[Emily Cain artwork courtesy of Washington Elections]
As you probably heard, yesterday was the 50th anniversary of the enactment of the Voting Rights Act, with speeches and proclamations everywhere about a federal law that has played a huge role in the nation’s recent history – and one which is at the center of current legal and political controversies about its future.
But my favorite story from yesterday was one brought to us by electionlineWeekly’s Mindy Moretti, who reviewed the news coverage and opinion from across the nation about the VRA – but then added another story that can’t help but give you hope about the commitment of the next generation of voters to the ideals espoused in the Act. In particular, she shared the following blog post from the Washington State Elections Division from earlier this year:
Emily Cain began [her] morning at Burien’s Cedarhurst Elementary School like she has many times before it. But what was a routine day for the fourth-grader took a major change around 9:30.
Her mom and her little brother unexpectedly entered her classroom. Then walked in a lady she’s never met, Secretary of State Kim Wyman. Standing before Emily, her teacher, Kevin Plough, and her classmates, the Secretary of State explained why she was there – to announce that Emily was the winner of the statewide Kids’ Art Contest.
“I could tell Emily had no idea why we were there, which made it really special when I told her she won the contest,” Wyman said. “It was fun to surprise Emily in front of her teacher and classmates with the big news! Congratulations to her and her family!”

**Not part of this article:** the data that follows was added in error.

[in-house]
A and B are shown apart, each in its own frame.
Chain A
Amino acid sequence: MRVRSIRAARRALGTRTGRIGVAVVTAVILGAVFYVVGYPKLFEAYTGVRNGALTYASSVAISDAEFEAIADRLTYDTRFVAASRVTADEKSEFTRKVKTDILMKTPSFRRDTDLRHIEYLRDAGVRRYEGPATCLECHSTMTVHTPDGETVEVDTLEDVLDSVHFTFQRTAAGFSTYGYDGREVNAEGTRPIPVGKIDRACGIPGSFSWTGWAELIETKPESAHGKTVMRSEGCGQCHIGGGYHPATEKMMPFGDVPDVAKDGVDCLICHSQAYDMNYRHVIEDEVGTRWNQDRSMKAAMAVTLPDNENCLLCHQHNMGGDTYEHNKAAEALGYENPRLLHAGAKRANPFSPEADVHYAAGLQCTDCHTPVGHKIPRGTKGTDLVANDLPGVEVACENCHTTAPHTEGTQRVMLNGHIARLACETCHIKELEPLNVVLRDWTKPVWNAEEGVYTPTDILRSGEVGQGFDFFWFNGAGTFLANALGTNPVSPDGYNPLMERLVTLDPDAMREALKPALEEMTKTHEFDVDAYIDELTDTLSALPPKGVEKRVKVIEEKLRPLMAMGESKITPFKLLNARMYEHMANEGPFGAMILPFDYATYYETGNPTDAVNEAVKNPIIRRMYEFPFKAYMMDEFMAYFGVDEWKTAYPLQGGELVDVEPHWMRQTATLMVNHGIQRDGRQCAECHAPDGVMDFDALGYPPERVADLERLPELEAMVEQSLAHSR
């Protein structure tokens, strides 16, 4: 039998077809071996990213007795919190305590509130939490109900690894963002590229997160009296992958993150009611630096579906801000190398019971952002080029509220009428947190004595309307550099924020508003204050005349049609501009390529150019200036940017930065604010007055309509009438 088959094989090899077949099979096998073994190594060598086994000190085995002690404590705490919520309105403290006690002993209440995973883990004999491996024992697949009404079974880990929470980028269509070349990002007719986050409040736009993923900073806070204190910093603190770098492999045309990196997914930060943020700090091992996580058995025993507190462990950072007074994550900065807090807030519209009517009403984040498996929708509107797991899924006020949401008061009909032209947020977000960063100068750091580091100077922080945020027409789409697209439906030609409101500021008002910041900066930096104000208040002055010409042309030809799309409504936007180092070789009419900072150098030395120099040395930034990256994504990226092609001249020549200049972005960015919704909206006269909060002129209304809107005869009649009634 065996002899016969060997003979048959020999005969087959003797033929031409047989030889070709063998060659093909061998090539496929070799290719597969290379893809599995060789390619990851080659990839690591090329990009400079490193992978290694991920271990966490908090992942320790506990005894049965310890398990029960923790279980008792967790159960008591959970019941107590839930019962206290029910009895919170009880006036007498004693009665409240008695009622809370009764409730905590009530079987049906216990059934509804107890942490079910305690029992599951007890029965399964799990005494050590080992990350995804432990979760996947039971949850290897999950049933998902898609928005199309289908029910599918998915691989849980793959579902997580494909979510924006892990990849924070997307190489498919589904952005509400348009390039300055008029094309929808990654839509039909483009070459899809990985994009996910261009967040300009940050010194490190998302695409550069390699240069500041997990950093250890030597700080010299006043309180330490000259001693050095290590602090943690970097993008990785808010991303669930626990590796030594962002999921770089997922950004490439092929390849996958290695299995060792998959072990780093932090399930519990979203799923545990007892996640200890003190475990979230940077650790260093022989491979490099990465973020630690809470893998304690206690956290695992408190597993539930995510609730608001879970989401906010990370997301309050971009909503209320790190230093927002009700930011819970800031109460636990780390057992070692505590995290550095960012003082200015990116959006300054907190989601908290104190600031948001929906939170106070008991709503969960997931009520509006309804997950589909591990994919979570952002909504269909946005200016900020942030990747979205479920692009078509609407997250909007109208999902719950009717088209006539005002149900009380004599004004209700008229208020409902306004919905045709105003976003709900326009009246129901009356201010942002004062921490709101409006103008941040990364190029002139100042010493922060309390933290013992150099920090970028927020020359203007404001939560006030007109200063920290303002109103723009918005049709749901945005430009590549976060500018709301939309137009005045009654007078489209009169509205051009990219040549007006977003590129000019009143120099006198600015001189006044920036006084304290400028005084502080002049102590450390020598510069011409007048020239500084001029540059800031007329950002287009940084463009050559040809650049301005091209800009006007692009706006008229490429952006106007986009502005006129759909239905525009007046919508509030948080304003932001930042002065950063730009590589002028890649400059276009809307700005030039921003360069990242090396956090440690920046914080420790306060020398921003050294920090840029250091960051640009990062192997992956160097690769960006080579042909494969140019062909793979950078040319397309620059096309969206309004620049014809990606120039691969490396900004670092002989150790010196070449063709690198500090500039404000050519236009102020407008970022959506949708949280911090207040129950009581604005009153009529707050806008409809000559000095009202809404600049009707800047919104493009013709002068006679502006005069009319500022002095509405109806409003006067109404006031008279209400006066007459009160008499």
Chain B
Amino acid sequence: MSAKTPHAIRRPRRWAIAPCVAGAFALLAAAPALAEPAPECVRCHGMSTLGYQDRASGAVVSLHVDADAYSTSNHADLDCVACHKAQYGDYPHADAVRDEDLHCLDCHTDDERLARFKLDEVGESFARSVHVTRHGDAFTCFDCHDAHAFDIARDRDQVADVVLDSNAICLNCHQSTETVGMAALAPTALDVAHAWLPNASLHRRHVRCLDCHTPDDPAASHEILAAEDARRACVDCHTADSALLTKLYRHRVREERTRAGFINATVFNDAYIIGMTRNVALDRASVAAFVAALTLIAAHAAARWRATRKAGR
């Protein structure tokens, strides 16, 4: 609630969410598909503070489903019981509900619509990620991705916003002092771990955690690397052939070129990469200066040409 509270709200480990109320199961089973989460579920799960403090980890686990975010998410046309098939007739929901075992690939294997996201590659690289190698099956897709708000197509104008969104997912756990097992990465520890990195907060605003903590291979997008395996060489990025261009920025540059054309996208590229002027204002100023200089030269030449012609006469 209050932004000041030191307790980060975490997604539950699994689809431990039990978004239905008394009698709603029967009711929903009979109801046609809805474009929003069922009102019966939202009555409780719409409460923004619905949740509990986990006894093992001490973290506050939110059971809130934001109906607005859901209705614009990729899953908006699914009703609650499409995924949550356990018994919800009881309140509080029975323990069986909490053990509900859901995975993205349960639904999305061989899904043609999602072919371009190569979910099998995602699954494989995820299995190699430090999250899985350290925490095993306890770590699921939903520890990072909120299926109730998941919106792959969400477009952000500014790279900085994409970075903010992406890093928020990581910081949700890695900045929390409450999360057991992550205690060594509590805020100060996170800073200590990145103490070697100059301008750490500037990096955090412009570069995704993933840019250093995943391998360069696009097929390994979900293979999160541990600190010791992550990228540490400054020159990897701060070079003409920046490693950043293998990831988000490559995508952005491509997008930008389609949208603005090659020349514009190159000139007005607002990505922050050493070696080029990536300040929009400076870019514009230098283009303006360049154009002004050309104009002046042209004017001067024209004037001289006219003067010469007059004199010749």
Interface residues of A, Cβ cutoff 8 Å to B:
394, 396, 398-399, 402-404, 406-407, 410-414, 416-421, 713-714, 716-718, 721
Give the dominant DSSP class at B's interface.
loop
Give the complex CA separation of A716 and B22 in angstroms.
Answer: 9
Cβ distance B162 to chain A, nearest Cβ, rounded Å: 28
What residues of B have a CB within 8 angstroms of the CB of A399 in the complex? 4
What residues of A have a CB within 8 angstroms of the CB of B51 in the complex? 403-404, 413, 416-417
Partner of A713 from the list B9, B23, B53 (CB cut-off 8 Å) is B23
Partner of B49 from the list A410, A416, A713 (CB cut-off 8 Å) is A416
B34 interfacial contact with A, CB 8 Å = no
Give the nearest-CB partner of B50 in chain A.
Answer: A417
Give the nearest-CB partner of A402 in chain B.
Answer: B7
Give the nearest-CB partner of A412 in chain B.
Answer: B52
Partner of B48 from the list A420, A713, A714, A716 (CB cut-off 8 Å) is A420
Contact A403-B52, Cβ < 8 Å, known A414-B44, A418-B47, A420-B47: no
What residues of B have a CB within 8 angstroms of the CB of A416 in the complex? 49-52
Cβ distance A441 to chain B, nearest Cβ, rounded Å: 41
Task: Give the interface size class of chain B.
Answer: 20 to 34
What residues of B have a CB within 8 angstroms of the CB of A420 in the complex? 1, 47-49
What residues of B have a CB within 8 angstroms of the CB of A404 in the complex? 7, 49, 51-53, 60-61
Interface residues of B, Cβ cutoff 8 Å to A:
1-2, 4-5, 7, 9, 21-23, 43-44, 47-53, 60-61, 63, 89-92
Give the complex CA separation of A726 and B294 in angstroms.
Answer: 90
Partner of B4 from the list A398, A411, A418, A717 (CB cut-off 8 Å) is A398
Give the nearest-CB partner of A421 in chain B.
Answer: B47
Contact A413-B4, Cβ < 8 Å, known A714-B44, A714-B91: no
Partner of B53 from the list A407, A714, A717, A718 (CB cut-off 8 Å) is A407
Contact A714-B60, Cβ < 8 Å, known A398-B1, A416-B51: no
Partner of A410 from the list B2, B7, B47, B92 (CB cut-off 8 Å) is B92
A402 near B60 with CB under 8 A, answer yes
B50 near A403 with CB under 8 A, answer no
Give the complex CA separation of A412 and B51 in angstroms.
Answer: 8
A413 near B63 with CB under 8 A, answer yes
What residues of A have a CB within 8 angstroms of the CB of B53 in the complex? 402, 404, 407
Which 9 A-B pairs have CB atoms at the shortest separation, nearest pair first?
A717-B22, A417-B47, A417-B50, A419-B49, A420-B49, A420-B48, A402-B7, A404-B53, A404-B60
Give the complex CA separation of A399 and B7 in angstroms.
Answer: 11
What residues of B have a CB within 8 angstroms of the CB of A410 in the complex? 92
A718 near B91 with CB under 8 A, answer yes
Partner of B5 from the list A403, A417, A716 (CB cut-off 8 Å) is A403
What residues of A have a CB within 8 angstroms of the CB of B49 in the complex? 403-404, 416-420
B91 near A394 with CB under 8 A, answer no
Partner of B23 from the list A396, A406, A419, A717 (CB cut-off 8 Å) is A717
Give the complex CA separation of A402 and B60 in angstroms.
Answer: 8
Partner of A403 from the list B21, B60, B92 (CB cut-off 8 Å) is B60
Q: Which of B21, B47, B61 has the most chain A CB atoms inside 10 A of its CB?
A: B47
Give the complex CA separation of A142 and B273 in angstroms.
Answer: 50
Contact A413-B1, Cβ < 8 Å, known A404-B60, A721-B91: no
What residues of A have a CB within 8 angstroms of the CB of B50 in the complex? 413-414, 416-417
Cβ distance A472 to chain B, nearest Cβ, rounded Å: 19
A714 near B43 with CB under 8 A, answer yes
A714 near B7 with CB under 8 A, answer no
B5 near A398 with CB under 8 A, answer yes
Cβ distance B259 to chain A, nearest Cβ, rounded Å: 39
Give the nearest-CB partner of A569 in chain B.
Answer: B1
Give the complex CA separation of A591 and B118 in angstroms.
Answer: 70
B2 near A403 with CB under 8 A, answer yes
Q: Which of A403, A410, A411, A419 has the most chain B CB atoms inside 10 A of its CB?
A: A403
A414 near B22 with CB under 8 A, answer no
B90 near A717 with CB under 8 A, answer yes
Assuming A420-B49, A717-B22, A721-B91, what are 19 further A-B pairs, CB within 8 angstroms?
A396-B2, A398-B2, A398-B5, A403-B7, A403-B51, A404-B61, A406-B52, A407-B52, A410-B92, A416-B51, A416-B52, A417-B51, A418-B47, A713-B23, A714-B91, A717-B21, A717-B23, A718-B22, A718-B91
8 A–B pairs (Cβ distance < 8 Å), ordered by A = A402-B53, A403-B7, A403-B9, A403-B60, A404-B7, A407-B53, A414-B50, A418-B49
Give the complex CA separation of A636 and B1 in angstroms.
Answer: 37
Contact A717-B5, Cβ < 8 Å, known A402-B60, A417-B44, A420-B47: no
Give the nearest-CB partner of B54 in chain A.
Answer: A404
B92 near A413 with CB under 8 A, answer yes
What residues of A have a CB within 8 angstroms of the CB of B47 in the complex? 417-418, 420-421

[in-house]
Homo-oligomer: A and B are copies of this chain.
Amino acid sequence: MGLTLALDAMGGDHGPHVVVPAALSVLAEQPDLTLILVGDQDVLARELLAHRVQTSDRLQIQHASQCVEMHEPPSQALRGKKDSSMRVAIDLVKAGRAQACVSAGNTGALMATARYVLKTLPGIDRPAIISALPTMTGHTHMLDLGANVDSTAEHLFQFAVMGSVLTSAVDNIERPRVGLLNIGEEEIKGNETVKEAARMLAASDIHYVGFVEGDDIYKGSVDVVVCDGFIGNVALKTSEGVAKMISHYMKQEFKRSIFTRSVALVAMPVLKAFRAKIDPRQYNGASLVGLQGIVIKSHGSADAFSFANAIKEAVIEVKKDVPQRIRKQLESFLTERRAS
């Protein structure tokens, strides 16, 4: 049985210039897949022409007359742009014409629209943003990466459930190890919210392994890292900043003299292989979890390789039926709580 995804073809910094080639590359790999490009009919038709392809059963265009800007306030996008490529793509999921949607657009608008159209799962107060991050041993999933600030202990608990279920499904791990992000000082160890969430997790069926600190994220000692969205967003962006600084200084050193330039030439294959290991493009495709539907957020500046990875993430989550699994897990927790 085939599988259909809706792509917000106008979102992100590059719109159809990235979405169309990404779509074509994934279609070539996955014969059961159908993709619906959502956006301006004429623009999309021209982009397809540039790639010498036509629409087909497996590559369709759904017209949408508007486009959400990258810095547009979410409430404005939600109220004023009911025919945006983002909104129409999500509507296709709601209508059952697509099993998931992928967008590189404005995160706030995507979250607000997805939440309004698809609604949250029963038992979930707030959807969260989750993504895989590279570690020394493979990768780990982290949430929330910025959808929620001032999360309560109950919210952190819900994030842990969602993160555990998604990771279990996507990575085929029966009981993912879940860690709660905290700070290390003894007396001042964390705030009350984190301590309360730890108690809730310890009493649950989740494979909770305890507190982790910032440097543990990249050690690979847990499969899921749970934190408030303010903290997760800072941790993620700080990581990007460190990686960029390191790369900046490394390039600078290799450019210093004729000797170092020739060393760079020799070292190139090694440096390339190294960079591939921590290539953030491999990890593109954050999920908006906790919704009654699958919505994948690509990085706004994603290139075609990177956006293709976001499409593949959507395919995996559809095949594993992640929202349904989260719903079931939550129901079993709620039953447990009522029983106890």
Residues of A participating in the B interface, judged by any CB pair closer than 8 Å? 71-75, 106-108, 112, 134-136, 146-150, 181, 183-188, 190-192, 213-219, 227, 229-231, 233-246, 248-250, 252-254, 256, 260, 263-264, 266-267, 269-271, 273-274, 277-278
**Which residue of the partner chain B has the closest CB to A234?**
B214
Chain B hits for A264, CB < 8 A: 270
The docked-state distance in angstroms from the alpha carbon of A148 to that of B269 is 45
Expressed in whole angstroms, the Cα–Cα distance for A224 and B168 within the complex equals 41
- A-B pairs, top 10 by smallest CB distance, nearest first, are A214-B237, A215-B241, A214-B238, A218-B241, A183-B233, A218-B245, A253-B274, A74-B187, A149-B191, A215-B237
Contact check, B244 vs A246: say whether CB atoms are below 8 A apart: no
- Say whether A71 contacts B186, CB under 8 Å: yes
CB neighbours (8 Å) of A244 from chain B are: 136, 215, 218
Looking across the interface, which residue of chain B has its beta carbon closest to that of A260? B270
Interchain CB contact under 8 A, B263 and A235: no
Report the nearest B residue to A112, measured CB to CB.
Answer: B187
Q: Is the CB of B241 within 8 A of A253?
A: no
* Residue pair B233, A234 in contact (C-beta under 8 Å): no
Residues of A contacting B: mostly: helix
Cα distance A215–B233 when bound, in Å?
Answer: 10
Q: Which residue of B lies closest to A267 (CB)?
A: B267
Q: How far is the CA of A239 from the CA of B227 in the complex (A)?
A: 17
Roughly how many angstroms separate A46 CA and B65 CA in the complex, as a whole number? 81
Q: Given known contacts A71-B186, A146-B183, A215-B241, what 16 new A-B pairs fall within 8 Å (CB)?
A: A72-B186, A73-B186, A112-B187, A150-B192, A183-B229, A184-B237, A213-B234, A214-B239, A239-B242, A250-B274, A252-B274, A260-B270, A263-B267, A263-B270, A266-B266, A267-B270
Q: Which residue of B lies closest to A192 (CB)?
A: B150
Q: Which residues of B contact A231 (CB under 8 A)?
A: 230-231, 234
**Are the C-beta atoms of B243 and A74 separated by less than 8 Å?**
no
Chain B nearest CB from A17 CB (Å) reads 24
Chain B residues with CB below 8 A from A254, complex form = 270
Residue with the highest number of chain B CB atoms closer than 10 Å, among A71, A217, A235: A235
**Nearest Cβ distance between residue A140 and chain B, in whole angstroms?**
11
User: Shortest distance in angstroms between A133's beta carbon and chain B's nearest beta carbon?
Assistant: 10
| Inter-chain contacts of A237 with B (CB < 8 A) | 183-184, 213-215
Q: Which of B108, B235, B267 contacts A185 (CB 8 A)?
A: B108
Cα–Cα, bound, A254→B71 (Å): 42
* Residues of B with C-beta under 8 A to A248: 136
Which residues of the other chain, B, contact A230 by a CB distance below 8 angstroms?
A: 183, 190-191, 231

Emily’s winning artwork, featured [above], will be shown in the 3.2 million copies of the statewide General Election Voters’ Pamphlet that will be sent to Washington residents in October. Emily’s drawing and those of the runners-up will be displayed this fall in the Lieutenant Governor Brad Owen’s office in the state Capitol.
The annual contest, sponsored by our Elections Division, is for fourth- and fifth-grade Washington students. Nearly 300 students took part this year. The contest prompts a discussion with our youngest citizens about the importance of voting.
This year’s contest theme, “Every Vote is Equal!” celebrates 50 years of the Voting Rights Act, a landmark federal law that prohibits racial discrimination in voting. Civil rights activists Martin Luther King Jr. and Rosa Parks were on hand to watch President Lyndon B. Johnson sign the bill into law on August 6, 1965.
“Washingtonians and Americans today could not truly call themselves free if the Voting Rights Act didn’t exist,” Wyman said. “I hope the students who took part in this year’s Art Contest learned about this important law and how it’s helped give a voice to all citizens, regardless of skin color.”
The Kids’ Art Contest has been held since 2002.
I will admit upfront that I am a soft touch for any story about young people getting interested in elections, but I was especially pleased to see that, rhetoric aside, the ideals of the Voting Rights Act – including fairness to all voters regardless of race or language – are still important to our kids 50 years after its enactment. That’s a nice reminder given the uncertainty and controversy currently surrounding the Act. Congratulations to Emily Cain for her winning entry – and thanks to Secretary Wyman and the fantastic crew at the Washington State Elections Division for their sponsorship of this effort. As always, thanks also to my friend Mindy Moretti for finding and sharing this story and highlighting the power of the Voting Rights Act in a way that speeches and proclamations never could.